The deported veteran will be a US citizen in April, nearly a year after the governor of California. Jerry Brown granted him a full pardon for a crime he committed before being deported to Mexico.
Barajas burst into tears on Thursday when he read a letter telling him to attend a San Diego naturalization ceremony.
"Fourteen years, man," he said, sobbing. "Oh my god, that's great."
Life after the military
Barajas was brought from his parents to the United States from Mexico at the age of seven in 1
He had a green card when he was proudly fired in the 82nd Airborne Division from 1995 to 2001. But he lost it as he struggled with civilian life.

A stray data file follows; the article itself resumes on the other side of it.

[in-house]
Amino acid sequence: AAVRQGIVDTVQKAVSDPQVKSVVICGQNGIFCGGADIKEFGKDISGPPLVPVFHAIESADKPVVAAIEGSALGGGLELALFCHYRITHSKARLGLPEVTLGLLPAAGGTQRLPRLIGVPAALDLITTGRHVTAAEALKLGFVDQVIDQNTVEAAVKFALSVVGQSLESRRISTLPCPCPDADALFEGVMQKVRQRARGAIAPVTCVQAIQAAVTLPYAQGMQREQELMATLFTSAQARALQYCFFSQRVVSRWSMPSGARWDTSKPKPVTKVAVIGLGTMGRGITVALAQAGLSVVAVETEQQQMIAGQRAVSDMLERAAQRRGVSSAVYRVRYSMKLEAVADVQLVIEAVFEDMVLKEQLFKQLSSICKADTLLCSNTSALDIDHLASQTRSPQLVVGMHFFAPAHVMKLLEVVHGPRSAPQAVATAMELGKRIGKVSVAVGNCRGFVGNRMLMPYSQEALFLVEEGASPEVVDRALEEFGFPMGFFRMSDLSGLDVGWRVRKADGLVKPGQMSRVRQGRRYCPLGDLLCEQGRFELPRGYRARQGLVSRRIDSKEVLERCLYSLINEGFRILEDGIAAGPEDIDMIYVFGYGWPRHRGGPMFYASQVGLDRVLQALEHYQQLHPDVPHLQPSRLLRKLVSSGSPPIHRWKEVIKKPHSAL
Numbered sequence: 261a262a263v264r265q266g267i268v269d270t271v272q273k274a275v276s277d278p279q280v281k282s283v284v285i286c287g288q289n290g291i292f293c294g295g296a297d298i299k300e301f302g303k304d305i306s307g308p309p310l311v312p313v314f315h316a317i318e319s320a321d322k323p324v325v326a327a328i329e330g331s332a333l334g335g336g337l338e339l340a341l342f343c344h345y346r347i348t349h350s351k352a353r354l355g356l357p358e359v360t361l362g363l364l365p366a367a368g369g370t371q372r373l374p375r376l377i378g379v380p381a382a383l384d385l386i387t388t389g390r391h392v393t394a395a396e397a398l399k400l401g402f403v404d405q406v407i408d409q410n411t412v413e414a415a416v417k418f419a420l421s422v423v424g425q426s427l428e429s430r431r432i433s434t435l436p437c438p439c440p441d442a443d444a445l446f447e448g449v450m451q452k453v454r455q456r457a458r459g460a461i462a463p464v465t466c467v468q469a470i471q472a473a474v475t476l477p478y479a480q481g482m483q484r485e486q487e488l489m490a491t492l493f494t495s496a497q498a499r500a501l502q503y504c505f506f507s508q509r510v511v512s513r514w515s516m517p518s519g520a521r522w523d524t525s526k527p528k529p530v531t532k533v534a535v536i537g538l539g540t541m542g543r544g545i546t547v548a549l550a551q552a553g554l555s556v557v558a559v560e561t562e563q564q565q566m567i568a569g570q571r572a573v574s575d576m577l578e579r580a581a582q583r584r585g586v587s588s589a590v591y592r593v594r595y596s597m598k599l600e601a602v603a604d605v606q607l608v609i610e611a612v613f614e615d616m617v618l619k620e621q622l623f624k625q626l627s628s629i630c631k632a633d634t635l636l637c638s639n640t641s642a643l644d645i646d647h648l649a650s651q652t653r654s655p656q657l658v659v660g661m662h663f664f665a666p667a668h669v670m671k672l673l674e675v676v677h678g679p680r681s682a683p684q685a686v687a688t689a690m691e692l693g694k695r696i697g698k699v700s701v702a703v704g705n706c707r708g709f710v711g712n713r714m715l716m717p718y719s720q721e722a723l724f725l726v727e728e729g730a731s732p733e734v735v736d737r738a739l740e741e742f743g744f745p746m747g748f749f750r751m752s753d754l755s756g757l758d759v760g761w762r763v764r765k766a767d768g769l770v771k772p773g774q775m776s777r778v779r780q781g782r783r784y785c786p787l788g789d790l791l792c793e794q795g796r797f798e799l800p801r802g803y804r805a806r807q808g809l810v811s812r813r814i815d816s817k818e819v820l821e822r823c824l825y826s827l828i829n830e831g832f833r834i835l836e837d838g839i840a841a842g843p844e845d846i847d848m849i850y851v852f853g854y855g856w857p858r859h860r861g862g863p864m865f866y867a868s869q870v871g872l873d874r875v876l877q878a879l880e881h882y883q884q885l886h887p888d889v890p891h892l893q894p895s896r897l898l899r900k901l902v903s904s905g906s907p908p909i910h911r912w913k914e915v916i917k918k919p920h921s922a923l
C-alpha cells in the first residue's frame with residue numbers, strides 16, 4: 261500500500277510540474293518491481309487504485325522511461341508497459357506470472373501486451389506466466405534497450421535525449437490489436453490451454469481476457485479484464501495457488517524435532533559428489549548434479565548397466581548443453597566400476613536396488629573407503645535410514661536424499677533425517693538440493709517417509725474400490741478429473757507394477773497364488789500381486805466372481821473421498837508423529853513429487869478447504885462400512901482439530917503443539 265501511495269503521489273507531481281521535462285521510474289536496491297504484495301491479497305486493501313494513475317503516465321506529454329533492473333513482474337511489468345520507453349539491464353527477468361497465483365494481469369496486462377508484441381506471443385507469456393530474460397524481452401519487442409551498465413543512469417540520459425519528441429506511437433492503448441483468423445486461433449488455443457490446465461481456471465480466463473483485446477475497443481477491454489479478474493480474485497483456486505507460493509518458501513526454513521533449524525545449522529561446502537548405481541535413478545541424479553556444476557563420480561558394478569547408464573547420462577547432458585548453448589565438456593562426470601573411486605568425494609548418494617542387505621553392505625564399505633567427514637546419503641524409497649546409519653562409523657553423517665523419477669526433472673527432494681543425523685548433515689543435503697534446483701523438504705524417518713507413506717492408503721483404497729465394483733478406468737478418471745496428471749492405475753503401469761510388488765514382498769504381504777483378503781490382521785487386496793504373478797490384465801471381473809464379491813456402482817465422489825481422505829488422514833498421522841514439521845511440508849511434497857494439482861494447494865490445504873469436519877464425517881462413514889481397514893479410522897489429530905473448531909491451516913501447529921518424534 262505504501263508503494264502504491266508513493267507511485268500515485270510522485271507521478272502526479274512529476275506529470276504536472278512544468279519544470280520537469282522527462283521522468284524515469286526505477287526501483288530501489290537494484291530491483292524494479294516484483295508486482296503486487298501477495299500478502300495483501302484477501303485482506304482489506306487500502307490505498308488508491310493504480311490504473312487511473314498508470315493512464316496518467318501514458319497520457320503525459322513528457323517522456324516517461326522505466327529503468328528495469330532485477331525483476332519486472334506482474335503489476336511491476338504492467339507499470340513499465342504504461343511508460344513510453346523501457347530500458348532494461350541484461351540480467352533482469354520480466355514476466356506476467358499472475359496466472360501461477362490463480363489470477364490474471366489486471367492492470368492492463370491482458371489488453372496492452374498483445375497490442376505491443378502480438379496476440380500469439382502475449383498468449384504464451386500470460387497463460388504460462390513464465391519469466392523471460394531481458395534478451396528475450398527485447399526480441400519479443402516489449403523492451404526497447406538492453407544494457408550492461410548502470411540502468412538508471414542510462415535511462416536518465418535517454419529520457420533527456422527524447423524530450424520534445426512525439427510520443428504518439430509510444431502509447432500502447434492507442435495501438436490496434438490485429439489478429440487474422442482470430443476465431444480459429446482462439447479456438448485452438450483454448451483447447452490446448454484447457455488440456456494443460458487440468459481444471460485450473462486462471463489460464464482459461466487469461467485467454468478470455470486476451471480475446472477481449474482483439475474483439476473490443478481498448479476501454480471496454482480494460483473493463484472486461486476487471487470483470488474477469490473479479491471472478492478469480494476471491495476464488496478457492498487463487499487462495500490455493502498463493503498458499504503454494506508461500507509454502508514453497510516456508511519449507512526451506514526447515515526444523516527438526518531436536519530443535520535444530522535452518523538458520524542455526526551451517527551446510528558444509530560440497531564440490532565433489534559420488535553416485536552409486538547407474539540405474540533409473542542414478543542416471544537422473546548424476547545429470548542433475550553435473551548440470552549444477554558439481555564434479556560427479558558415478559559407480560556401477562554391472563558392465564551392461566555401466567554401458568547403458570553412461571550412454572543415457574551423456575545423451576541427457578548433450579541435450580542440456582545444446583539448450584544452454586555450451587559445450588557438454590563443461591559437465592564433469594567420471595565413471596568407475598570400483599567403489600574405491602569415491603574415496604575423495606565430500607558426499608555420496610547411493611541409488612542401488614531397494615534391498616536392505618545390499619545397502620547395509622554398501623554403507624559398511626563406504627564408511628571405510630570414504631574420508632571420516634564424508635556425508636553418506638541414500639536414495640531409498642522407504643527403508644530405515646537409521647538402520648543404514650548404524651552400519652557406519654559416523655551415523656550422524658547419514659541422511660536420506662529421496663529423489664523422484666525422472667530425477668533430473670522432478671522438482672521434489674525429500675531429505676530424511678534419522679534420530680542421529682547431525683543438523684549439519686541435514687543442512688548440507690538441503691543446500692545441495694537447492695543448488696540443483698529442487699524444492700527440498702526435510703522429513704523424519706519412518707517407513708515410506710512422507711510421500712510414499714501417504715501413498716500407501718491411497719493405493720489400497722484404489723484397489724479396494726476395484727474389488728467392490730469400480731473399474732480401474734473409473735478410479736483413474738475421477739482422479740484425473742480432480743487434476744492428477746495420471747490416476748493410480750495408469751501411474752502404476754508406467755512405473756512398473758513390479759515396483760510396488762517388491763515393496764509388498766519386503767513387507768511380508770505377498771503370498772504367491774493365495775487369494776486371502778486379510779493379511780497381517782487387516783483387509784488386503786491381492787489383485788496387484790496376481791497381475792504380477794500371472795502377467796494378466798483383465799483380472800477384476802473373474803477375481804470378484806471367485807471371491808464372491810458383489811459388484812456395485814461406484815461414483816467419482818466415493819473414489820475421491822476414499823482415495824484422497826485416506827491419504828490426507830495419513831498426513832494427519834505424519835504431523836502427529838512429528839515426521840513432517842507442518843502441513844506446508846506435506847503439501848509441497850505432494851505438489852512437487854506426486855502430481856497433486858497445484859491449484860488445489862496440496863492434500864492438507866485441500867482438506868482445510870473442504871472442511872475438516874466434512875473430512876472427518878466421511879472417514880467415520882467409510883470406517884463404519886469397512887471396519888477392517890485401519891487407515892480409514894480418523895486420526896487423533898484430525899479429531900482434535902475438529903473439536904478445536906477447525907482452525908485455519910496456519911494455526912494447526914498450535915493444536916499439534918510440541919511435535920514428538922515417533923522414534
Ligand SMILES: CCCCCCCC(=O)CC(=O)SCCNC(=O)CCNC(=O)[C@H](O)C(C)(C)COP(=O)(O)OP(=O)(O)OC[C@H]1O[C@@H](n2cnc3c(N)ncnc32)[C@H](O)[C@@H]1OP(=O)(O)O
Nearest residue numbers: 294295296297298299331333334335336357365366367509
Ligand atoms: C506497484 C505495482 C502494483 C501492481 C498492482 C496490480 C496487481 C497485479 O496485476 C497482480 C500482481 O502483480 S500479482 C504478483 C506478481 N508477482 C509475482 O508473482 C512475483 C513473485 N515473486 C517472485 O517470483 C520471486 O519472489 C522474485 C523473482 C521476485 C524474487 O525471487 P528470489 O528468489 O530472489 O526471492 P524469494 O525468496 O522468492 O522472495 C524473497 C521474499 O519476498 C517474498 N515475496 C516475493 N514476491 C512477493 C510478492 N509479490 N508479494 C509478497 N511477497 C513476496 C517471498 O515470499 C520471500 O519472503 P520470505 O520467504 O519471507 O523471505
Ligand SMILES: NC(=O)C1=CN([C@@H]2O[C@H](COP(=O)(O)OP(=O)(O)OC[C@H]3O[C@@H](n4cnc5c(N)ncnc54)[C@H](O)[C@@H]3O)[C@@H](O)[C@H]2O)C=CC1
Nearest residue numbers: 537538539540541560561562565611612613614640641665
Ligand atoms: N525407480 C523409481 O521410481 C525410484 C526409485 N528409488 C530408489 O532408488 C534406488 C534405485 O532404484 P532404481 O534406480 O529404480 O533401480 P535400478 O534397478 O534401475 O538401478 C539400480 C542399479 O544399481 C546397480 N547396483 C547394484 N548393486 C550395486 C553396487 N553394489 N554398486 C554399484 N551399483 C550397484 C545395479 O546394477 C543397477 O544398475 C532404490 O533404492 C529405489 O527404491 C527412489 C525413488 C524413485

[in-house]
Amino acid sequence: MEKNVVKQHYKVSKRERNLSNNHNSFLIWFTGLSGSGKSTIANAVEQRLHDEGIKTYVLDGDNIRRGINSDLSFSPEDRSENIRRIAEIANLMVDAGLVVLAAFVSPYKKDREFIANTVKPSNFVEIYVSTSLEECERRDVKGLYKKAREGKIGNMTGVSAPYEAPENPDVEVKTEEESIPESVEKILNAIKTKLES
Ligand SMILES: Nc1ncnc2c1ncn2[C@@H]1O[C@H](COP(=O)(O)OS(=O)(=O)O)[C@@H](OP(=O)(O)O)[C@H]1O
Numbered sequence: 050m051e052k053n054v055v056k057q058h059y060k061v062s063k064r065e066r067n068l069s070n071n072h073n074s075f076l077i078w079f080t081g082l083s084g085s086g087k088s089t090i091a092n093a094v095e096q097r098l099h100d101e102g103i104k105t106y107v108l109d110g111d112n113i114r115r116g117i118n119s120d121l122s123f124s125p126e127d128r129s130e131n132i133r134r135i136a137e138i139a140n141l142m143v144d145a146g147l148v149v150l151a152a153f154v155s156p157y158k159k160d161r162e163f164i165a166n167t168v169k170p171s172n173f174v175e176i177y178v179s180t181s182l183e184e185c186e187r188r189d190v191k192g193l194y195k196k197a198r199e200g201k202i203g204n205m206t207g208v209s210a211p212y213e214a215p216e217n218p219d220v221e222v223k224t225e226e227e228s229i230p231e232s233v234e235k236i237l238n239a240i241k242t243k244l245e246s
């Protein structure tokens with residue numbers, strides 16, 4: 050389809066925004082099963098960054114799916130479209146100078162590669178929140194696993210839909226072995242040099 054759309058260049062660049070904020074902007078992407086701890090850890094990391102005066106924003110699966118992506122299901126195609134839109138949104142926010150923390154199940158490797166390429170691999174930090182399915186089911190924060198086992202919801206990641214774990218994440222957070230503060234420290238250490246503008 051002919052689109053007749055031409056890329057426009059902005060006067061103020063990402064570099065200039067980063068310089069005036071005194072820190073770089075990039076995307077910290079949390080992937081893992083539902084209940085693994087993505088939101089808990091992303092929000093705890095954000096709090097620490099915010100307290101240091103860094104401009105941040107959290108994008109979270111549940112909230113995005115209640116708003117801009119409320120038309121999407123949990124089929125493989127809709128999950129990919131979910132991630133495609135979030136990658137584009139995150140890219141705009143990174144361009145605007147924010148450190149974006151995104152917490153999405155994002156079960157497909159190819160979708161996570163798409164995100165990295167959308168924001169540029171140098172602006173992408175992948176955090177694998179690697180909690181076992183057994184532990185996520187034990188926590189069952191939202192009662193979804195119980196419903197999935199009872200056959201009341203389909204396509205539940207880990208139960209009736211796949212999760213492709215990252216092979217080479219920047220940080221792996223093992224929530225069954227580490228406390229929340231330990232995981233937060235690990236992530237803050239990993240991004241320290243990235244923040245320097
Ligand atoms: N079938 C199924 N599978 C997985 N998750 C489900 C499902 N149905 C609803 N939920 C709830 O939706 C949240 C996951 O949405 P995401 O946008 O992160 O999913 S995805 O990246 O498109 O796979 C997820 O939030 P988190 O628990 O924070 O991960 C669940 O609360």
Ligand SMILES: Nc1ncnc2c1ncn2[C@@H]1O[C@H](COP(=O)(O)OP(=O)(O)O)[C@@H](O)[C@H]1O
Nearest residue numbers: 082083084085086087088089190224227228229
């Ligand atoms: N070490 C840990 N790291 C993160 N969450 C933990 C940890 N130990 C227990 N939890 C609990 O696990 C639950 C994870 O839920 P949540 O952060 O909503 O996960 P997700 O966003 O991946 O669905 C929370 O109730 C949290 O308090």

An arrest, after firing a gun from his vehicle, led him to a guilty plea for unlawful firing and two years in jail.
He was deported to Mexico and left his daughter behind.
& # 39; I will not stop & # 39;
Barajas quickly became a leader among those who were expelled from the land they were willing to die for.
In 2013, he transformed a two-story apartment in Tijuana, Mexico, into a secure home called Deported Veterans Support House or "The Bunker."
As he worked to find a way to return legally to the US He did not hesitate to help others. He spent days and nights in the apartment, covered with military posters, hanging US flags, helping deported veterans look for work, and was tidied up.
Moments after reading his letter, Barajas turned to other veterans.
"I will not stop at any of you," he told them.